Acting Exercises Writers Can Use to Flesh Out Their Characters

Acting Exercises Writers Can Use to Flesh Out Their Characters

There are a whole host of things that can cause writer's block, but your characters don't have to be one of them.

If you consider creating and developing characters to be your writing Achilles' heel, you've come to the right place. You've probably come across dozens of exercises to help writers develop characters, but have you ever considered looking at exercises intended for actors and directors?

Actors have to know their characters inside and out. But guess what, before actors ever lay their eyes on a script, so do the writers!

Why is character-writing so important?

For one thing, story often comes from character. A crucial plot point can hinge on the question, “Would my character do this?” If you make your protagonist do something out-of-character that changes the direction of the entire story, it's going to throw the whole thing out of whack.

High-quality character writing makes for a high-quality story.

For another thing, readers and viewers connect with the story through the characters. If you write flat characters, there won't be anything for the audience to connect with, and they won't find the story as interesting.

Finally, and very importantly for screenwriters, interesting characters and dialogue attract the best acting talent to your projects. If you send out uninteresting character descriptions and weak dialogue sides for auditioning actors, you'll get fewer and less experienced actors showing up for casting.

How do you write interesting characters?

Now that you know how important it is to construct and develop well-written characters, how do you actually go about it?

One of the most frequent compliments I get for my writing is that my characters and dialogue are rich and memorable. I'm not claiming to be an expert, especially since I'm still relatively early in my career, but I will say this has been a consistent theme in my writing groups and classes pretty much from the beginning, so I feel comfortable offering information about a few methods that might be helpful for others.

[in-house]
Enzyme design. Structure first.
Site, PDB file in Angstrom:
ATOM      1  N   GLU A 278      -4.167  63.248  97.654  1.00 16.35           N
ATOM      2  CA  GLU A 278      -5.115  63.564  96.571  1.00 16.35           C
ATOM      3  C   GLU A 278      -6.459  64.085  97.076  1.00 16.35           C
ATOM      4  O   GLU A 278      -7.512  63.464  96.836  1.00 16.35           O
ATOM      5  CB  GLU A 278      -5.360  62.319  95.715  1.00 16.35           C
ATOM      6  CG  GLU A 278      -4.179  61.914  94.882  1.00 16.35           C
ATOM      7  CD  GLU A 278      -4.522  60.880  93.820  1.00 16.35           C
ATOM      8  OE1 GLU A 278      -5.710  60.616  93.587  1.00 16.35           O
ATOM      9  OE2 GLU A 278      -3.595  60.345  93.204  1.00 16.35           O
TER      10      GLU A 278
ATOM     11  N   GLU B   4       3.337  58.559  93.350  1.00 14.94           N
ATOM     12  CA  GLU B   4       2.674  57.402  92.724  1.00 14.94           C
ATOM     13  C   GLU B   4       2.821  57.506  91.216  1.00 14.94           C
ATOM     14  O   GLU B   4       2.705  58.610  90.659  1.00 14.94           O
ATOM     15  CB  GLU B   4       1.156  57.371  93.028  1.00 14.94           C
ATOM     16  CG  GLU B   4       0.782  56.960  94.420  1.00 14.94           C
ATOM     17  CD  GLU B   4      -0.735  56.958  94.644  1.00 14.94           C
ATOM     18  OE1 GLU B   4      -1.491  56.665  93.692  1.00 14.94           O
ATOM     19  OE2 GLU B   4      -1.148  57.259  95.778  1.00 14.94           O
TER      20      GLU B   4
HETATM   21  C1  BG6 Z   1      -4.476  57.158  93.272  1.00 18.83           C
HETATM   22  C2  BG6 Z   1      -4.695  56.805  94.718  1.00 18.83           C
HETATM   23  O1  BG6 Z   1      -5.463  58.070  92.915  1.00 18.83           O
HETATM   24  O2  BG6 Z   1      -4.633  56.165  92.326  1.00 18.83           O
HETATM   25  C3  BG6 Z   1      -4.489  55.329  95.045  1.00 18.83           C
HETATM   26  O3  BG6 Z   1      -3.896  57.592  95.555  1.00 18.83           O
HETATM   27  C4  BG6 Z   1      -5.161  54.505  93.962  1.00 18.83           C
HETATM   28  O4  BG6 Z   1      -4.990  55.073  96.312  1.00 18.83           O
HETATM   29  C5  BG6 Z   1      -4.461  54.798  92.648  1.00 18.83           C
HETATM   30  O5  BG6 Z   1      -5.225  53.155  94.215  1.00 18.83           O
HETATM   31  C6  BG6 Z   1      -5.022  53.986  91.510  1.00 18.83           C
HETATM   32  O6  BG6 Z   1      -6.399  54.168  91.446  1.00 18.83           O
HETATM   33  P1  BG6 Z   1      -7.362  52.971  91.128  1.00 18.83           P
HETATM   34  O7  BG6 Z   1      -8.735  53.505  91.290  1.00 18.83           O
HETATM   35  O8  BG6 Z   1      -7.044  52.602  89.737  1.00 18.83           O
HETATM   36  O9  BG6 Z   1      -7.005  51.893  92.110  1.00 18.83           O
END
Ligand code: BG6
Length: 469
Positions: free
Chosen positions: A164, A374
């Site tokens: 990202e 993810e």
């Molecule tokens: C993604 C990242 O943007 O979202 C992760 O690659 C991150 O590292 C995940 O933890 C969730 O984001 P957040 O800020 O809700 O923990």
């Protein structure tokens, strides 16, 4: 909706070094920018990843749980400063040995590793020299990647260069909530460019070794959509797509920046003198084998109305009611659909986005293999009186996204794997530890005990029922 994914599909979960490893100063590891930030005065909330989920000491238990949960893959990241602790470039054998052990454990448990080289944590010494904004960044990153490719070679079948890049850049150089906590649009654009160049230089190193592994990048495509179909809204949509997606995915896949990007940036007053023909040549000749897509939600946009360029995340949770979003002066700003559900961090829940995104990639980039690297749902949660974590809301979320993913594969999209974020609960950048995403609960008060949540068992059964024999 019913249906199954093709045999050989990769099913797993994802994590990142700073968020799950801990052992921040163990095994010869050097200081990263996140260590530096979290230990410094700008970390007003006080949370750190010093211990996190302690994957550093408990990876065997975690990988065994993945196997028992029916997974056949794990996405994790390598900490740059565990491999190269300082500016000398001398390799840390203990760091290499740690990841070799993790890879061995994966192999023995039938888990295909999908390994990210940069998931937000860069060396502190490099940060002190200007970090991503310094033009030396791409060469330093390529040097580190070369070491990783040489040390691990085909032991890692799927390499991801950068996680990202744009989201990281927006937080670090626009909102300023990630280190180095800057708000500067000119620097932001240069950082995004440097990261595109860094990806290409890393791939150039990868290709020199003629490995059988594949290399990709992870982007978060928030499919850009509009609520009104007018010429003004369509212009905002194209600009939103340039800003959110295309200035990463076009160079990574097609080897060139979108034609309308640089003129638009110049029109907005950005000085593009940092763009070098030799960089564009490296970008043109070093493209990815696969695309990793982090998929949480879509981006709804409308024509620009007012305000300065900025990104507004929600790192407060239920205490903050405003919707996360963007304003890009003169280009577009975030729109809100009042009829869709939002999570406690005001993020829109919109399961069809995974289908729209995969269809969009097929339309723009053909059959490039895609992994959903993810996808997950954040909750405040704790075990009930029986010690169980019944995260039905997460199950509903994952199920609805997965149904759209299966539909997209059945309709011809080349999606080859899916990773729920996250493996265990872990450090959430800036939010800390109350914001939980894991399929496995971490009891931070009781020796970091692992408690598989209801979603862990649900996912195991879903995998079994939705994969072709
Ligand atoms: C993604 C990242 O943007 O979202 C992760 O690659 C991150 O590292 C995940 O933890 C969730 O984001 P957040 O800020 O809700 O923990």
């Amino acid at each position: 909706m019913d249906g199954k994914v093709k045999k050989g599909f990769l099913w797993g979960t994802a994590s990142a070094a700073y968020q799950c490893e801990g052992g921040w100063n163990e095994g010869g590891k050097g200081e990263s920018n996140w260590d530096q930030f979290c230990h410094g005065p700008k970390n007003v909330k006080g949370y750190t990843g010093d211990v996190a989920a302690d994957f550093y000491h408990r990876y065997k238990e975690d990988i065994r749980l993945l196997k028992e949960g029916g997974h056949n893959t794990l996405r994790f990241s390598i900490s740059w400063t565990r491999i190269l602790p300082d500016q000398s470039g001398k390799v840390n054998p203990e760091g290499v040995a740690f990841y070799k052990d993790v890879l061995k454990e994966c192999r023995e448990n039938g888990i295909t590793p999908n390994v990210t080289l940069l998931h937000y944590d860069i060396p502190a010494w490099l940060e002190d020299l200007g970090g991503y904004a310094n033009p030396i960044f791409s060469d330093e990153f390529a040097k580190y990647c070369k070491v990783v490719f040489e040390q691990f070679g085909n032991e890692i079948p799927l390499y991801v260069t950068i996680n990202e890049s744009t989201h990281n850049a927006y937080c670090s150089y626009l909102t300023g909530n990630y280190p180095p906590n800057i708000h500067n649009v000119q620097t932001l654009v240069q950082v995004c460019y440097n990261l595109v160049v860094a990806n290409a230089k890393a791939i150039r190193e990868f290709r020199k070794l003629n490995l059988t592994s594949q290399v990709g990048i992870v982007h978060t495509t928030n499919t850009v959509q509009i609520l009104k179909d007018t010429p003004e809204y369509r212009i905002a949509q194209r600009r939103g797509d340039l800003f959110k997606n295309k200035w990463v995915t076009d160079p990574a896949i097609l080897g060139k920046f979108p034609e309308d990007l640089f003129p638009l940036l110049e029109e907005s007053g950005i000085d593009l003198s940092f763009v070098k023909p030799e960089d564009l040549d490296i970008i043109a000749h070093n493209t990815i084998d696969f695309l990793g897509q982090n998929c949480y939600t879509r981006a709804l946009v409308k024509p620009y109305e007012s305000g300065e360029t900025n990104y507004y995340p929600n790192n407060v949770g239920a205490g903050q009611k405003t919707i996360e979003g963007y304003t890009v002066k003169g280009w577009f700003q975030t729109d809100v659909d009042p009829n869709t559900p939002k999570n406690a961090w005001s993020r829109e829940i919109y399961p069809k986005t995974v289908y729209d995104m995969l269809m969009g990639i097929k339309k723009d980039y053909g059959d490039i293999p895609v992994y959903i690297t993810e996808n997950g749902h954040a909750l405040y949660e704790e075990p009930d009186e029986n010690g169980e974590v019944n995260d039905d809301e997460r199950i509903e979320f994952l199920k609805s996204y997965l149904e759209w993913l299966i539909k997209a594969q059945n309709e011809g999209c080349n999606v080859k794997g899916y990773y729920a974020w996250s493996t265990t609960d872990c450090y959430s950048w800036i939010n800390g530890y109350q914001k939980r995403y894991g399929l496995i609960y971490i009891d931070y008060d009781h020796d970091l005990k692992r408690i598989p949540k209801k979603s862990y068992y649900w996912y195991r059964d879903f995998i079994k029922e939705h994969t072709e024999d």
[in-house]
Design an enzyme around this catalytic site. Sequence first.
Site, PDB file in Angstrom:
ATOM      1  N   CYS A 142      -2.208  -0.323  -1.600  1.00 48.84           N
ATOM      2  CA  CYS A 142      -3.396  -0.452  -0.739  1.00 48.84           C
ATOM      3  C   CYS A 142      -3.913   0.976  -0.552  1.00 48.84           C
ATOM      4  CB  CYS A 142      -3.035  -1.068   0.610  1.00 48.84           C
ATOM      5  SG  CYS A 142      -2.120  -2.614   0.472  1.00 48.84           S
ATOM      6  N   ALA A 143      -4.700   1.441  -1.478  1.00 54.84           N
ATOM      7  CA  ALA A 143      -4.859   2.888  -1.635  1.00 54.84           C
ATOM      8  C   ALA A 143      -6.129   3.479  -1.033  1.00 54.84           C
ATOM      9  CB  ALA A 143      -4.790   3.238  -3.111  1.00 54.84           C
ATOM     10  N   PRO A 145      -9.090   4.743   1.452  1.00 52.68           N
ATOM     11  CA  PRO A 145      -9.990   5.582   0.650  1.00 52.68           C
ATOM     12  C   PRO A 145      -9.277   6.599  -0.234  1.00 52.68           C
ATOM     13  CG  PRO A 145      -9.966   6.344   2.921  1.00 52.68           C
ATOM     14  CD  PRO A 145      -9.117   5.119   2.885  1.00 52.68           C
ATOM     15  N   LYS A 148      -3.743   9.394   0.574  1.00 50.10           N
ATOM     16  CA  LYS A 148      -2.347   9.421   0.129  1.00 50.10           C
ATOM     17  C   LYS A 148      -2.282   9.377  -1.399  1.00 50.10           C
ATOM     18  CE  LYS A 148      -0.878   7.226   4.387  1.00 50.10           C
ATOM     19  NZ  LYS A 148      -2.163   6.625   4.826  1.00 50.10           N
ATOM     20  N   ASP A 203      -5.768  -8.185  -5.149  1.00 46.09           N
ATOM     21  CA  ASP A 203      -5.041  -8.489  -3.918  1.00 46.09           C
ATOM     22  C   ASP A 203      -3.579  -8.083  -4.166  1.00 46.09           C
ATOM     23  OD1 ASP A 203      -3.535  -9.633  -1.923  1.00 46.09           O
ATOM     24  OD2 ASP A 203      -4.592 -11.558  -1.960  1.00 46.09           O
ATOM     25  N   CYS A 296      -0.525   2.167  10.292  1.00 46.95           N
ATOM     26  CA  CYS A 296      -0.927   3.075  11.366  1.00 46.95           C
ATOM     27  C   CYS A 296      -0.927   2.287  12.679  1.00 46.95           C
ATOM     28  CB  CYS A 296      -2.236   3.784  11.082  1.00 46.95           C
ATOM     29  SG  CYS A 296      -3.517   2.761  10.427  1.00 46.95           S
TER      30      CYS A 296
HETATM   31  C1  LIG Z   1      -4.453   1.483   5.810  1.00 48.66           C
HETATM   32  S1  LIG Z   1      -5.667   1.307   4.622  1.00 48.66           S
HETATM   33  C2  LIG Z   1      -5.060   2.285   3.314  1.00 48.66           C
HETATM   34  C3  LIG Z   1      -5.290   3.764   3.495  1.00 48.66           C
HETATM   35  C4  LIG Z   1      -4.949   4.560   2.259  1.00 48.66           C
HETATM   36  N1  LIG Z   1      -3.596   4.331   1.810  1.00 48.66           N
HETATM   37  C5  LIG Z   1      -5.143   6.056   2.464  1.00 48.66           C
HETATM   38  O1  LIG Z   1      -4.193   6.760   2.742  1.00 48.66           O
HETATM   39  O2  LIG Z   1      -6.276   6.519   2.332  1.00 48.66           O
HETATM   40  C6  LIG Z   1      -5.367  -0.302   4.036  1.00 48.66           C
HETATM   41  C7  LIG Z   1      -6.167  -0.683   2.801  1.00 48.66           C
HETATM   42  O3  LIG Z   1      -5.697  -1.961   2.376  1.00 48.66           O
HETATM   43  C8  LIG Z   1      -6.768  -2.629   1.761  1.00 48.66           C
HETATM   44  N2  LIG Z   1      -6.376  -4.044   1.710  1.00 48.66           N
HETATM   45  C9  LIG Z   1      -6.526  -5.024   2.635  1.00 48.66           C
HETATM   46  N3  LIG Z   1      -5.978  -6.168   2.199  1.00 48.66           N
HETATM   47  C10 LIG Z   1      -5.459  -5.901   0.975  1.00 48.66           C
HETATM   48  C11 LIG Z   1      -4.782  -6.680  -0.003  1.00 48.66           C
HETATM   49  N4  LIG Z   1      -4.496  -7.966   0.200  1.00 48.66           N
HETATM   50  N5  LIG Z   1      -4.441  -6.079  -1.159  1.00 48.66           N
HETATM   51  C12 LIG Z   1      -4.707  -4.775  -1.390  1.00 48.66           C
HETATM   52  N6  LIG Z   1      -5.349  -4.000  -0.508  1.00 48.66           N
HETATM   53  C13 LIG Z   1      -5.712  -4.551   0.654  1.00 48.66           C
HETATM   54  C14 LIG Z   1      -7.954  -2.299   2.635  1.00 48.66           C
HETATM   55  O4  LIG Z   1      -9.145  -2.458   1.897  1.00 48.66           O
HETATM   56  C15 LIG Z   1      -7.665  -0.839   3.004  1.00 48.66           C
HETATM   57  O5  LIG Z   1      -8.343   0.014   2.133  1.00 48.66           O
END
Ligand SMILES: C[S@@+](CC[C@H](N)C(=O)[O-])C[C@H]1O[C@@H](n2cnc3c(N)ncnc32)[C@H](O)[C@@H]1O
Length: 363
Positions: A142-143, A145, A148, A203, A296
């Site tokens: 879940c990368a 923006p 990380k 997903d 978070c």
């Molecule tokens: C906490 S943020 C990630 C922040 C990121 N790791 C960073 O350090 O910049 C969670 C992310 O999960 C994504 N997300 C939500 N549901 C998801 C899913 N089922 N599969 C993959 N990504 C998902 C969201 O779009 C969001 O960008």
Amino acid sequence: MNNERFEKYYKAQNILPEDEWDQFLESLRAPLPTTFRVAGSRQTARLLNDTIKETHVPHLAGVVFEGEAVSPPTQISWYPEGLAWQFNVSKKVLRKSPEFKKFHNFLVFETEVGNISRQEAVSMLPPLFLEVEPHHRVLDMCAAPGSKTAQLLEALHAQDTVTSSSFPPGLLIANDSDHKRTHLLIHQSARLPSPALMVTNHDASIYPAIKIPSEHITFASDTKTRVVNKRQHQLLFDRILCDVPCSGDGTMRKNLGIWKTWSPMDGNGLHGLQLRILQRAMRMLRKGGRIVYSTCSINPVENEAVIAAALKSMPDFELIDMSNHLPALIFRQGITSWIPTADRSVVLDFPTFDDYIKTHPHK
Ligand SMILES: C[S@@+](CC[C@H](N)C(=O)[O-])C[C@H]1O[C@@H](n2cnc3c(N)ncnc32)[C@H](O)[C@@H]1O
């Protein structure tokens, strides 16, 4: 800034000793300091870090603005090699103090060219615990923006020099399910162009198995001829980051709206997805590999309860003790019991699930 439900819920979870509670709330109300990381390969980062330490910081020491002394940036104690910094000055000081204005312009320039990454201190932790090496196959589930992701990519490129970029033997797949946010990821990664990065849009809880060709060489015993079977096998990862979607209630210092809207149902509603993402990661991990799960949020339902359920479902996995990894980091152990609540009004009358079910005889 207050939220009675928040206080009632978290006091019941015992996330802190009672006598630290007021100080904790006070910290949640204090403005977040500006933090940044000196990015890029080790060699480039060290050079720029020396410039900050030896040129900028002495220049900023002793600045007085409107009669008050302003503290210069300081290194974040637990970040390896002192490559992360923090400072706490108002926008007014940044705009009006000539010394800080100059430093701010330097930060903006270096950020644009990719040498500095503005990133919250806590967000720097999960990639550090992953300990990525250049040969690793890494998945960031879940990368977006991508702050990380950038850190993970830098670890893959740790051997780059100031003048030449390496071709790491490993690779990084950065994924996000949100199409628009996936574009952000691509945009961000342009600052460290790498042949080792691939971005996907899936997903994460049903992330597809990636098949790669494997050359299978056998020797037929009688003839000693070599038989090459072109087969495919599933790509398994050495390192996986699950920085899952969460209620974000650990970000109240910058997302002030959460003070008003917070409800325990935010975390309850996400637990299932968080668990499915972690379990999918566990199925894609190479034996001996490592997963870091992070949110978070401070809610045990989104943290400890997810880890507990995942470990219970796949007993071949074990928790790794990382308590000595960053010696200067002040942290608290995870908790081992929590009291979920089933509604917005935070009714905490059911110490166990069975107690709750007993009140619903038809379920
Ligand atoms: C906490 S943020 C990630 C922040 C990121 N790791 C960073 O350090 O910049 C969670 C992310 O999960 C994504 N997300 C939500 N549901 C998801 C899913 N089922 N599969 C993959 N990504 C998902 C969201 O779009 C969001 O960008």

Everyone has their own favorite method or set of methods they use to create and flesh out characters, to make sure they're complex, multi-faceted, and three-dimensional, so that when a reader comes across a character, they feel it could be a real person, or they think it was most likely based upon a real person.

I was talking with some friends recently about what methods we each use to flesh out characters, and everyone was surprised when I mentioned that I often use acting exercises.

Back in undergrad, I took an acting class with the intention of becoming a better director by knowing how actors do their craft. And in grad school, of course, I took a few directing classes. What I didn't know all that time was that the exercises I learned, with the intention of drawing wonderful performances out of actors, would also become some of my most valuable tools when I first began writing—for creating characters that were written richly in the first place—and subsequently making the actors' jobs easier and more fun.

Here are three acting exercises (somewhat modified for writers) that you can use to make your characters more multifaceted and memorable.

Write a Character Essay:

I'm not sure where this one originated. It's used widely by actors and directors in one form or another, is by far the most basic exercise I know, and remains one of my favorites.

The idea is this:

  • First, write about one page, single-spaced, of character description and backstory about the character. This can have as much or little detail as you like—and you don't necessarily have to know the whole story yet. Don't just write “Joe is a farmer” and let it go at that though; fill out the whole page.
  • Second, write about one more page, also single-spaced. But this time, write a monologue in-character, as the character you're writing about, describing themselves, their life, or just whatever you think would be helpful for you.

That's it. Surprisingly simple, yet enormously powerful.

Next, let's look at Uta Hagen (fair warning, Hagen is A LOT of homework!).

Uta Hagen's Six Steps + Nine questions (sort of):

Based on Konstantin Stanislavski's method, Hagen's approach sought to boil everything down in a more systematic way. Acting and directing teachers tend to tweak her questions and use them a bit less formally, and add sprinkles of Meisner & Mamet, but the first step is that in order to understand the character you first need to understand the story.